The IRS reminds taxpayers to beware of promoters claiming their services are needed to settle with the IRS, that their tax debts can be settled for “pennies on the dollar” or that there is a limited window of time to resolve tax debts through the Offer in Compromise (OIC) program.
An “offer,” or OIC, is an agreement between a taxpayer and the IRS that resolves the taxpayer’s tax debt. The IRS has the authority to settle, or “compromise,” federal tax liabilities by accepting less than full payment under certain circumstances. However, some promoters are inappropriately advising indebted taxpayers to file an OIC application with the IRS, even though the promoters know the person won’t qualify. This costs honest taxpayers money and time.
Taxpayers should be especially wary of promoters who claim they can obtain larger offer settlements than others or who make misleading promises that the IRS will accept an offer for a small percentage. Companies advertising on TV or radio frequently can’t do anything for taxpayers that they can’t do for themselves by contacting the IRS directly.
Taxpayers can go to IRS.gov and review the Offer in Compromise Pre-Qualifier Tool to see if they qualify for an OIC. The IRS reminds taxpayers that under the First Time Penalty Abatement policy, taxpayers can go directly to the IRS for administrative relief from a penalty that would otherwise be added to their tax debt.
Unscrupulous tax return preparers
Although most tax preparers are ethical and trustworthy, taxpayers should be wary of preparers who won’t sign the tax returns they prepare, often referred to as ghost preparers. For e-filed returns, the “ghost” will prepare the return, but refuse to digitally sign as the paid preparer.
By law, anyone who is paid to prepare, or assists in preparing federal tax returns, must have a valid Preparer Tax Identification Number (PTIN). Paid preparers must sign and include their PTIN on the return. Not signing a return is a red flag that the paid preparer may be looking to make a quick profit by promising a big refund or charging fees based on the size of the refund.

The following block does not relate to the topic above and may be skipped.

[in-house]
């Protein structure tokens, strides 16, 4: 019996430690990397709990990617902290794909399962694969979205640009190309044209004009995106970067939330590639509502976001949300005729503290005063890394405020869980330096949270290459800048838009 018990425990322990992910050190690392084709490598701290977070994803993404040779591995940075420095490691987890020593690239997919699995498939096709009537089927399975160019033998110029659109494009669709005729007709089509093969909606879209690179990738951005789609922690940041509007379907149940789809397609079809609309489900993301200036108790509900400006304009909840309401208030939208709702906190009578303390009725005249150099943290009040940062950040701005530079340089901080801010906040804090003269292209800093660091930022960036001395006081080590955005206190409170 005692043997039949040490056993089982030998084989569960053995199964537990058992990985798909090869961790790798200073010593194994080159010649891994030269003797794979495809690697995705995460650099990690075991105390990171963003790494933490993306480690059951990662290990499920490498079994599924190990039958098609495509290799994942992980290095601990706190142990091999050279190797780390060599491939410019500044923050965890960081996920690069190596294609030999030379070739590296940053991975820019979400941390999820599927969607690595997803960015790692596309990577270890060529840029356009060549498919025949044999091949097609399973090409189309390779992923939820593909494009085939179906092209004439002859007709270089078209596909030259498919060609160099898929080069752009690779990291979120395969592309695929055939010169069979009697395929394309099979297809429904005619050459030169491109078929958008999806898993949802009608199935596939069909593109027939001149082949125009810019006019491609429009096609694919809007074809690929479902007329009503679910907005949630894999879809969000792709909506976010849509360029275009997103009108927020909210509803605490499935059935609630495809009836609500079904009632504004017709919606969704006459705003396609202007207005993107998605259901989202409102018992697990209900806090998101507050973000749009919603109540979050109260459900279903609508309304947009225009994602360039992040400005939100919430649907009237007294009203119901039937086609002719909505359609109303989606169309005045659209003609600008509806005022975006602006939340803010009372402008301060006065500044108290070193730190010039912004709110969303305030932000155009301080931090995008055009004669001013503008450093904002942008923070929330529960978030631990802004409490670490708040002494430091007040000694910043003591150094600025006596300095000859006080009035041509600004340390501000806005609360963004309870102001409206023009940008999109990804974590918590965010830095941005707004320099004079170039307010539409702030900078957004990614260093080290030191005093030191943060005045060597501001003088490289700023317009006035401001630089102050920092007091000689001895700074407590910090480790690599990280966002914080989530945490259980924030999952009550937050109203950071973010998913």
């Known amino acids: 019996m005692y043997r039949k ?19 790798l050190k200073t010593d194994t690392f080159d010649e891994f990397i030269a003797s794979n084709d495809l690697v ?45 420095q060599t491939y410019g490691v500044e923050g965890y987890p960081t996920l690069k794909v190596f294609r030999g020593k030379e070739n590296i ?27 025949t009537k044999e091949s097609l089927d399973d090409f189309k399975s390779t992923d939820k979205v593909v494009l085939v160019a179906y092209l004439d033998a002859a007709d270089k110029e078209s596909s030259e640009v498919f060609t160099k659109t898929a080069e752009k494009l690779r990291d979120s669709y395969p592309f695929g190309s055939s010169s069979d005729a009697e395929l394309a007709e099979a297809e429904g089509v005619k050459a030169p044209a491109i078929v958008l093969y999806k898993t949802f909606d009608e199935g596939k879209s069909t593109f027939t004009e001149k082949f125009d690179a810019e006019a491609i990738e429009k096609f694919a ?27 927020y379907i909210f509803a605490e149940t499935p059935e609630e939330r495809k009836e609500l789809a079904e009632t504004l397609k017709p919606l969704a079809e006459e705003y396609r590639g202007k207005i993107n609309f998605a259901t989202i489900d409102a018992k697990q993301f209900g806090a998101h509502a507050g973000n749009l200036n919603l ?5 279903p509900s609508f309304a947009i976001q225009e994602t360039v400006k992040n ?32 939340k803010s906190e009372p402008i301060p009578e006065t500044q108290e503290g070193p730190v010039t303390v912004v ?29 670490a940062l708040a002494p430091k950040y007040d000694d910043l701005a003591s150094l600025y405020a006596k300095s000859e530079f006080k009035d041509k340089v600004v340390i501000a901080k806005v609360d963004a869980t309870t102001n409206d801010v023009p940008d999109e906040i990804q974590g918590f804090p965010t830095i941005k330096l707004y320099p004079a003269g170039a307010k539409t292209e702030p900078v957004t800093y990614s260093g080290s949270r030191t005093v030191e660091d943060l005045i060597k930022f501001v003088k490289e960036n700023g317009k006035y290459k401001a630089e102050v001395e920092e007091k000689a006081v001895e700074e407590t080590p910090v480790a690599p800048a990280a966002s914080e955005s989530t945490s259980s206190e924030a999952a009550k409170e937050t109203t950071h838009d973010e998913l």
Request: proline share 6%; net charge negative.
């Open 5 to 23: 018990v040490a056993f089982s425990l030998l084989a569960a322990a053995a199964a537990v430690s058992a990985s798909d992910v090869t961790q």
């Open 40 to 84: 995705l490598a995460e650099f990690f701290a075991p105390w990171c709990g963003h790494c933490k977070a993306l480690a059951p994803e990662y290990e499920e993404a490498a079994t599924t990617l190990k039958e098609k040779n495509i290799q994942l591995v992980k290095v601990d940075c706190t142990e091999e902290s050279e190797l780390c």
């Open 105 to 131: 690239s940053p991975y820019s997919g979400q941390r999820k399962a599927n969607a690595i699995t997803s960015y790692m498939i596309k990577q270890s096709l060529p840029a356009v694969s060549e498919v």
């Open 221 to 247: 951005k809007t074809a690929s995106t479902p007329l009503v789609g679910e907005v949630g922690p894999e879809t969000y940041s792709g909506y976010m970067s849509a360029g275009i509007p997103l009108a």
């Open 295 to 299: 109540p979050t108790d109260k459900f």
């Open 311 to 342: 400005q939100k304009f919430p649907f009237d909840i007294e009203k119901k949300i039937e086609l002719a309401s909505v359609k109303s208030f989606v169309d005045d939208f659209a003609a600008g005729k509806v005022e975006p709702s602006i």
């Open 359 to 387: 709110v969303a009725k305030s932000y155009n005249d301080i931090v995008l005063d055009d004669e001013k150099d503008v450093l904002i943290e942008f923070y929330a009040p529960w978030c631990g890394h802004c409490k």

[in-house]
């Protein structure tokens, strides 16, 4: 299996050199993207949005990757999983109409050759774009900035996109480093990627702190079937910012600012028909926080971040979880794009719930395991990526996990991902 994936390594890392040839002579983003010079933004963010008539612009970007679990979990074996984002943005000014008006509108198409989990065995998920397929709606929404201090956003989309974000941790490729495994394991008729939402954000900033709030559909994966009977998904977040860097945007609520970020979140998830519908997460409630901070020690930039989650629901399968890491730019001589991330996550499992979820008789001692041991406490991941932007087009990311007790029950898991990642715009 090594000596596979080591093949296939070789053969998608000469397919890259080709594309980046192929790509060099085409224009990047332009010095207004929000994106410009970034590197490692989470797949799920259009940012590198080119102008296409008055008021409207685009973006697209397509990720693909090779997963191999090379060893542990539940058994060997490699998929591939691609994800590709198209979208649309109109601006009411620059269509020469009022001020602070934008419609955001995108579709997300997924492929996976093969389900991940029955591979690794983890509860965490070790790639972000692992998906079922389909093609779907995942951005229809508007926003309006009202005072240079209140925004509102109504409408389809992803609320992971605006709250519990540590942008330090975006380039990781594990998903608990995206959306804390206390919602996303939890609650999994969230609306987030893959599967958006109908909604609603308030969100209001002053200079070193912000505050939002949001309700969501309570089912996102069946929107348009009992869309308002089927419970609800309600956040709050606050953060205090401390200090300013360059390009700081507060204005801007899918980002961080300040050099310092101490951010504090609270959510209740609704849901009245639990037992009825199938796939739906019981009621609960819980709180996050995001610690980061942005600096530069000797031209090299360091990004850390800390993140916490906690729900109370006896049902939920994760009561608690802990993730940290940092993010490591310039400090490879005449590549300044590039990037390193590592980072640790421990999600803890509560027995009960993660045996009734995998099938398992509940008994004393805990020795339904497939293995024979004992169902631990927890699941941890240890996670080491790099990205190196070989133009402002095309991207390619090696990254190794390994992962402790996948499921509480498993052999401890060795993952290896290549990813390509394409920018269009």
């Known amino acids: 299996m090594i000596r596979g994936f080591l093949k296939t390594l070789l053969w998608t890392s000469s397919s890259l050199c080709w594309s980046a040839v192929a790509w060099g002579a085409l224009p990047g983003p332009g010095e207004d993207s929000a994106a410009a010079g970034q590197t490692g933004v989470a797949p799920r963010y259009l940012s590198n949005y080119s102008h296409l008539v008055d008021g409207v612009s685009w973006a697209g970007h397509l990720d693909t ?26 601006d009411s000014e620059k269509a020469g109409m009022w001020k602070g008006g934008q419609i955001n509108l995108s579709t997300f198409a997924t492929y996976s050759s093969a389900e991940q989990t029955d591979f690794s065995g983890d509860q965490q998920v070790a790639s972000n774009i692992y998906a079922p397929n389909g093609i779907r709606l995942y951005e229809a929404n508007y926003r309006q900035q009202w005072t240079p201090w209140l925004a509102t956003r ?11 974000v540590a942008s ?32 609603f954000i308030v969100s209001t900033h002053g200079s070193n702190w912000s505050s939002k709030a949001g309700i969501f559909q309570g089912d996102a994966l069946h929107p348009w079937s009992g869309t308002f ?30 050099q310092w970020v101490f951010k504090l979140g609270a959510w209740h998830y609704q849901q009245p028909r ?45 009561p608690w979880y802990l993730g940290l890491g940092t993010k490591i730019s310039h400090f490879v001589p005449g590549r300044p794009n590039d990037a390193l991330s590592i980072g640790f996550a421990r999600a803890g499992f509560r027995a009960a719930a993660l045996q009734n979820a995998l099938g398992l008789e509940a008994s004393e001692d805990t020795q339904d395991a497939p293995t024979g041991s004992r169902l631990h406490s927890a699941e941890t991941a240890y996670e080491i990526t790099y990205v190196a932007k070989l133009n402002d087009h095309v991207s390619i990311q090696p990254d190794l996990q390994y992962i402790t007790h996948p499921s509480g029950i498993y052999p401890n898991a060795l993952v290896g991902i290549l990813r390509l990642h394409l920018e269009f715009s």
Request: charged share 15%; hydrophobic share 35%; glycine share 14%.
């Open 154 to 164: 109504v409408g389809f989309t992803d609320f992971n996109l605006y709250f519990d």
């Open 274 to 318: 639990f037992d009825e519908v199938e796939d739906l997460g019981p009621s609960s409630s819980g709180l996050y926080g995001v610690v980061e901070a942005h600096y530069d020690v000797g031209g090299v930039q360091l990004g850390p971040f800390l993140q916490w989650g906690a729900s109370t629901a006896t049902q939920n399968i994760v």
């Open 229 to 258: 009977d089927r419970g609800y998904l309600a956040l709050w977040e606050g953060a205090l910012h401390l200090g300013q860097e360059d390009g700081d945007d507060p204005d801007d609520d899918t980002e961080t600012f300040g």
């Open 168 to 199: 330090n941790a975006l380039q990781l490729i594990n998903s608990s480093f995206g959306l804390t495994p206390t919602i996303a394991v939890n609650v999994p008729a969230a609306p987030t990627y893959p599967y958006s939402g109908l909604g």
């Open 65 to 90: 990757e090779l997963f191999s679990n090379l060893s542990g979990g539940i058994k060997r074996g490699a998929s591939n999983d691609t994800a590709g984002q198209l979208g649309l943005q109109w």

Unscrupulous tax return preparers may also:
- Require payment in cash only and will not provide a receipt.
- Invent income to qualify their clients for tax credits.
- Claim fake deductions to boost the size of the refund.
- Direct refunds into their bank account, not the taxpayer’s account.
It’s important for taxpayers to choose their tax return preparer wisely. The Choosing a Tax Professional page on IRS.gov has information about tax preparer credentials and qualifications. The IRS Directory of Federal Tax Return Preparers with Credentials and Select Qualifications can help identify many preparers by type of credential or qualification.
Taxpayers should also remember that they are legally responsible for what is on their tax return even if it is prepared by someone else. Consumers can help protect themselves by choosing a reputable tax preparer.
Unemployment insurance fraud
Unemployment fraud often involves individuals acting in coordination with or against employers and financial institutions to get state and local assistance to which they are not entitled. These scams can pose problems that can adversely affect taxpayers in the long run.
States, employers and financial institutions need to be aware of the following scams related to unemployment insurance:
- Identity-related fraud: Filers submit applications for unemployment payments using stolen or fake identification information to perpetrate an account takeover.
- Employer-employee collusion fraud: The employee receives unemployment insurance payments while the employer continues to pay the employee reduced, unreported wages.
- Misrepresentation of income fraud: An individual returns to work and fails to report the income to continue receiving unemployment insurance payments, or in an effort to receive higher unemployment payments, applicants claim higher wages than they actually earned.
- Fictitious employer-employee fraud: Filers falsely claim they work for a legitimate company, or create a fictitious company, and supply fictitious employee and wage records to apply for unemployment insurance payments.
- Insider fraud: State employees use credentials to inappropriately access or change unemployment claims, resulting in the approval of unqualified applications, improper payment amounts, or movement of unemployment funds to accounts that are not on the application.
For prior-year lists of the IRS’s Dirty Dozen, see the links below: